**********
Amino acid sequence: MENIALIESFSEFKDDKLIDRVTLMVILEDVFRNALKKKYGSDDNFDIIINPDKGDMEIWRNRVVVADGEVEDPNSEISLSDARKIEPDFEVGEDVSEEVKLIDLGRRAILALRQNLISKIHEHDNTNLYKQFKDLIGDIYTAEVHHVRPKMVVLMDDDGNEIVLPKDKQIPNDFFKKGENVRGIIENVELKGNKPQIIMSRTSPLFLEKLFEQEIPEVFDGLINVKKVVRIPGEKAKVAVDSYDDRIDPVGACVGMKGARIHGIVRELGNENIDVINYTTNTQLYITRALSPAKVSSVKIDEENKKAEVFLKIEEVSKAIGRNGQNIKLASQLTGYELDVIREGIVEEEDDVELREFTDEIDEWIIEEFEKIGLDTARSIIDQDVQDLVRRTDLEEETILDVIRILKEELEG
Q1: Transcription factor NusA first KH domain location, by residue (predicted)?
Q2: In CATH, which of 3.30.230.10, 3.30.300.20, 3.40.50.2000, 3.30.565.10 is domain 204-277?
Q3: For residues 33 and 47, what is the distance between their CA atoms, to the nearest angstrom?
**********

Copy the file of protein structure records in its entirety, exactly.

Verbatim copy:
Amino acid sequence: MENIALIESFSEFKDDKLIDRVTLMVILEDVFRNALKKKYGSDDNFDIIINPDKGDMEIWRNRVVVADGEVEDPNSEISLSDARKIEPDFEVGEDVSEEVKLIDLGRRAILALRQNLISKIHEHDNTNLYKQFKDLIGDIYTAEVHHVRPKMVVLMDDDGNEIVLPKDKQIPNDFFKKGENVRGIIENVELKGNKPQIIMSRTSPLFLEKLFEQEIPEVFDGLINVKKVVRIPGEKAKVAVDSYDDRIDPVGACVGMKGARIHGIVRELGNENIDVINYTTNTQLYITRALSPAKVSSVKIDEENKKAEVFLKIEEVSKAIGRNGQNIKLASQLTGYELDVIREGIVEEEDDVELREFTDEIDEWIIEEFEKIGLDTARSIIDQDVQDLVRRTDLEEETILDVIRILKEELEG
Q1: Transcription factor NusA first KH domain location, by residue (predicted)?
Q2: In CATH, which of 3.30.230.10, 3.30.300.20, 3.40.50.2000, 3.30.565.10 is domain 204-277?
Q3: For residues 33 and 47, what is the distance between their CA atoms, to the nearest angstrom?